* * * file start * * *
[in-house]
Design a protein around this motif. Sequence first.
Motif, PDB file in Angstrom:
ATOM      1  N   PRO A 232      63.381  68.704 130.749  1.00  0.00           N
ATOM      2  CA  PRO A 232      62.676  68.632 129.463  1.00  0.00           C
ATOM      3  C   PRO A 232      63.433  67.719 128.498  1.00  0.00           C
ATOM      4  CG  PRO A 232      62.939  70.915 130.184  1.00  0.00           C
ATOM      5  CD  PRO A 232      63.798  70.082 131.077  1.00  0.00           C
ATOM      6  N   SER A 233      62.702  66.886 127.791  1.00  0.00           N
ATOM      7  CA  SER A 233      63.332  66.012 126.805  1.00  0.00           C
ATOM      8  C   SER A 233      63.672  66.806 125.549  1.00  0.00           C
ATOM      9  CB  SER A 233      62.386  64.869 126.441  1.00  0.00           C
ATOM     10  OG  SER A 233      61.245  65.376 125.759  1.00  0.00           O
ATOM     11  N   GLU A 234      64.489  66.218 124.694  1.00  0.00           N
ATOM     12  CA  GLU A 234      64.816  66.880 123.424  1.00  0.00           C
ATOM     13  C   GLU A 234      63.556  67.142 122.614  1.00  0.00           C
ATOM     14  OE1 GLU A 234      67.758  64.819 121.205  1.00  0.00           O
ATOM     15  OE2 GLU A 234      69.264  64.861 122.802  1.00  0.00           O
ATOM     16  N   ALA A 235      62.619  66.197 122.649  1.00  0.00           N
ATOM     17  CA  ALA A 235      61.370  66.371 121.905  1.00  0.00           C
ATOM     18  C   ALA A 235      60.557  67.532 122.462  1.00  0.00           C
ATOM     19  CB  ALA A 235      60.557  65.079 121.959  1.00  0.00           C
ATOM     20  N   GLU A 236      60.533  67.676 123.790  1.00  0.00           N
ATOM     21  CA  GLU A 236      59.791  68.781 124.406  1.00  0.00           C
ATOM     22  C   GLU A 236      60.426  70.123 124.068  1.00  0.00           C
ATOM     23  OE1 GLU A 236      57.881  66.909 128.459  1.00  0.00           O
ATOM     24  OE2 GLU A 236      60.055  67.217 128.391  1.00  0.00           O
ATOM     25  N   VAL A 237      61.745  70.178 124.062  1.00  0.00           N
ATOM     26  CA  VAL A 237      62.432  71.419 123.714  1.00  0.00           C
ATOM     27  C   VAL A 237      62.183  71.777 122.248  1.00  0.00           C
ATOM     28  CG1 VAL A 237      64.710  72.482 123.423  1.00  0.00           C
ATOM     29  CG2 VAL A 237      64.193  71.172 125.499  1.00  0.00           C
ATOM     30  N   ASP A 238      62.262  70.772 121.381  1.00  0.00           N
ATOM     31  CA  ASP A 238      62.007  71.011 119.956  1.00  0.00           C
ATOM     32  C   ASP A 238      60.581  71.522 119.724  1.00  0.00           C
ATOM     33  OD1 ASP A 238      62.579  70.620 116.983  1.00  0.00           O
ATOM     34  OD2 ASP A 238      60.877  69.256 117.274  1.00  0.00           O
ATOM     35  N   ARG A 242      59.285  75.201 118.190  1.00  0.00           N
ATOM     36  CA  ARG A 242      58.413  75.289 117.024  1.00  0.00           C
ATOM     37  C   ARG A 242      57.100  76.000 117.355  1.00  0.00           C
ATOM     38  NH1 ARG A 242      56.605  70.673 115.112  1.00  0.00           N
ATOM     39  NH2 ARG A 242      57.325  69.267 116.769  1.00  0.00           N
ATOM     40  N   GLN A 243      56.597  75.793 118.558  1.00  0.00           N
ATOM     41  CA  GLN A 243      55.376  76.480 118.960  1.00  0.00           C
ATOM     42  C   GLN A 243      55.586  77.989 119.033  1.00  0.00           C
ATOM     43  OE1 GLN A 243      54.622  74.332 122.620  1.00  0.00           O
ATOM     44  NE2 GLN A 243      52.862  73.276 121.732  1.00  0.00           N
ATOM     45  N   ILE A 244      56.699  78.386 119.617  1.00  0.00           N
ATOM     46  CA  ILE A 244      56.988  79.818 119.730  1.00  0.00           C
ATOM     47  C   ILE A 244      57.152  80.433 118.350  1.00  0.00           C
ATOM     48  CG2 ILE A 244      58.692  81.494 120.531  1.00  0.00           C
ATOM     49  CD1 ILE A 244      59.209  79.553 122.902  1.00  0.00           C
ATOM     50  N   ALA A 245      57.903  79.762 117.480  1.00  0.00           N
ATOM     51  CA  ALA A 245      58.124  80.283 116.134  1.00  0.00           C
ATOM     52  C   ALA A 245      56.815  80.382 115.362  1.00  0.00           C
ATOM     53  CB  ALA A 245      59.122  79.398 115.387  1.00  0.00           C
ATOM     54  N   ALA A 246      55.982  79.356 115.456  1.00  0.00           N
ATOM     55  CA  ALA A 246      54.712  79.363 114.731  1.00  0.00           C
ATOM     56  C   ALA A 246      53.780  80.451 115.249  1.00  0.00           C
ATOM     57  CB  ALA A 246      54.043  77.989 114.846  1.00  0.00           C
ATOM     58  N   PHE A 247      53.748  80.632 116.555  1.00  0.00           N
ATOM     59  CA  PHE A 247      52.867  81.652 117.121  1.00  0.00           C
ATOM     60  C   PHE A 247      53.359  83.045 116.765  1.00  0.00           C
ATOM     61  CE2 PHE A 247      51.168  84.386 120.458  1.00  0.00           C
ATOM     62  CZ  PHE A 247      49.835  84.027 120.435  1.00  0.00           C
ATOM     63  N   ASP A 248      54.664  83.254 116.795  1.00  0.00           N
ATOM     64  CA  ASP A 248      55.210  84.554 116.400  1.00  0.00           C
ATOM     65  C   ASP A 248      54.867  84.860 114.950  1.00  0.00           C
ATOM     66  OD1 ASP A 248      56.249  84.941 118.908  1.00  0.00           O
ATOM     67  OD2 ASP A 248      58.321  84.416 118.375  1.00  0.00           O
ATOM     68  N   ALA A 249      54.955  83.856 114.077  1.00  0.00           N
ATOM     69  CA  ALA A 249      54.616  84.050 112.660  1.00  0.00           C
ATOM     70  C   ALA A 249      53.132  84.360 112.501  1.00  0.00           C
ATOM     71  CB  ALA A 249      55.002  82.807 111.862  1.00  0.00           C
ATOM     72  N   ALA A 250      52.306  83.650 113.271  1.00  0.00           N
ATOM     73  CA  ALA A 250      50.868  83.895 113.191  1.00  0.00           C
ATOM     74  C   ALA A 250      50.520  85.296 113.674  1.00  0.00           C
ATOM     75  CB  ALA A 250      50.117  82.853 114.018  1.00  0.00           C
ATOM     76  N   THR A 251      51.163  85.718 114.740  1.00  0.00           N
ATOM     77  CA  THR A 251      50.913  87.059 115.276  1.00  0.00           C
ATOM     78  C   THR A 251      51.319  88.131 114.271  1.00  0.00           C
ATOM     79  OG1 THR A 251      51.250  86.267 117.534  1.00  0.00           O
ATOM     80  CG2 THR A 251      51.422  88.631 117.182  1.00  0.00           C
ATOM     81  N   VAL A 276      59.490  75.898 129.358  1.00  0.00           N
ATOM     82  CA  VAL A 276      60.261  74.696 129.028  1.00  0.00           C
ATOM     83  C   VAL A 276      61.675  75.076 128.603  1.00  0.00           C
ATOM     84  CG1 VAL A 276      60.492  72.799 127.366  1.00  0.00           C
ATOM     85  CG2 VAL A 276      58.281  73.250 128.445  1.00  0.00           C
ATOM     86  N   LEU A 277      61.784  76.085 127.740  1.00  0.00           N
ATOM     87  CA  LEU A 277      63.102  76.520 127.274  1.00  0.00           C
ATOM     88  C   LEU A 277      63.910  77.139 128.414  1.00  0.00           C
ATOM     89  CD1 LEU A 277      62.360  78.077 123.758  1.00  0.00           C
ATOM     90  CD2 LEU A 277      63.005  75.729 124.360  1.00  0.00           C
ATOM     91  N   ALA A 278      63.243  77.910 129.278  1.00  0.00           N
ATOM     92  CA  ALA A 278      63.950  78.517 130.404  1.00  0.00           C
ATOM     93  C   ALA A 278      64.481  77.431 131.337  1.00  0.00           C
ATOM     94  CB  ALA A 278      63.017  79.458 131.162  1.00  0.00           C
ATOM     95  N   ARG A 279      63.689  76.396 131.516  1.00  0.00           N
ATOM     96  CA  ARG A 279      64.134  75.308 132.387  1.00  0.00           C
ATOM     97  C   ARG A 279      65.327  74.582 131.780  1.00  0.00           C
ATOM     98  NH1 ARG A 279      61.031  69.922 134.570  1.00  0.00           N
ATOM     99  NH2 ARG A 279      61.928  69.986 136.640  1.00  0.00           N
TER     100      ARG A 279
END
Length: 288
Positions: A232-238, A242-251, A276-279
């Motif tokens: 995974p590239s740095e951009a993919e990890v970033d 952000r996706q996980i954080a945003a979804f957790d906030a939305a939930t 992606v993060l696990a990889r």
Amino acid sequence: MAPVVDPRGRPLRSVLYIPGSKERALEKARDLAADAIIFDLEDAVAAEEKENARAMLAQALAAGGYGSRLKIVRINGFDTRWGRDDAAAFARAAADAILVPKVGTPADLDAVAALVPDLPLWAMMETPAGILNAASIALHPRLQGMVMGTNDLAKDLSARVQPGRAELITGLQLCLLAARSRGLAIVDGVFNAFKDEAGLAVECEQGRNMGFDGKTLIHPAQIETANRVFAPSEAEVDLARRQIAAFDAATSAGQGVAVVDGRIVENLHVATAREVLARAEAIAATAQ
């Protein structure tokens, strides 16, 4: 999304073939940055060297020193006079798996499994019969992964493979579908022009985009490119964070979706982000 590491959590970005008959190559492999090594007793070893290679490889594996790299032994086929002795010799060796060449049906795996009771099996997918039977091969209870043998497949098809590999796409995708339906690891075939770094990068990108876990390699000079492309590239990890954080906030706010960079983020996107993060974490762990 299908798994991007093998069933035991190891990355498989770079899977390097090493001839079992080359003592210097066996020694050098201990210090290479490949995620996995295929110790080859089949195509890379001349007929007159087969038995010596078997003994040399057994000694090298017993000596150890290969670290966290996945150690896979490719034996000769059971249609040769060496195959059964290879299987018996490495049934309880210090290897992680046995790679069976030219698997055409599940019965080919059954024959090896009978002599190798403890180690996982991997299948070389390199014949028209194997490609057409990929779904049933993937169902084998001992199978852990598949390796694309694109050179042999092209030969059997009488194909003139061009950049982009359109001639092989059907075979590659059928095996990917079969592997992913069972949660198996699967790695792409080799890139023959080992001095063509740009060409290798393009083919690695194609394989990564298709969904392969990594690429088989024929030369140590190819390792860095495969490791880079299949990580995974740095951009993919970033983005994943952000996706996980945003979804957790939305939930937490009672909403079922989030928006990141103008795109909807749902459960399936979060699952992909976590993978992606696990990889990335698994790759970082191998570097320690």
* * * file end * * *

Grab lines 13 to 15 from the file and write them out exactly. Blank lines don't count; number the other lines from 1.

ATOM     10  OG  SER A 233      61.245  65.376 125.759  1.00  0.00           O
ATOM     11  N   GLU A 234      64.489  66.218 124.694  1.00  0.00           N
ATOM     12  CA  GLU A 234      64.816  66.880 123.424  1.00  0.00           C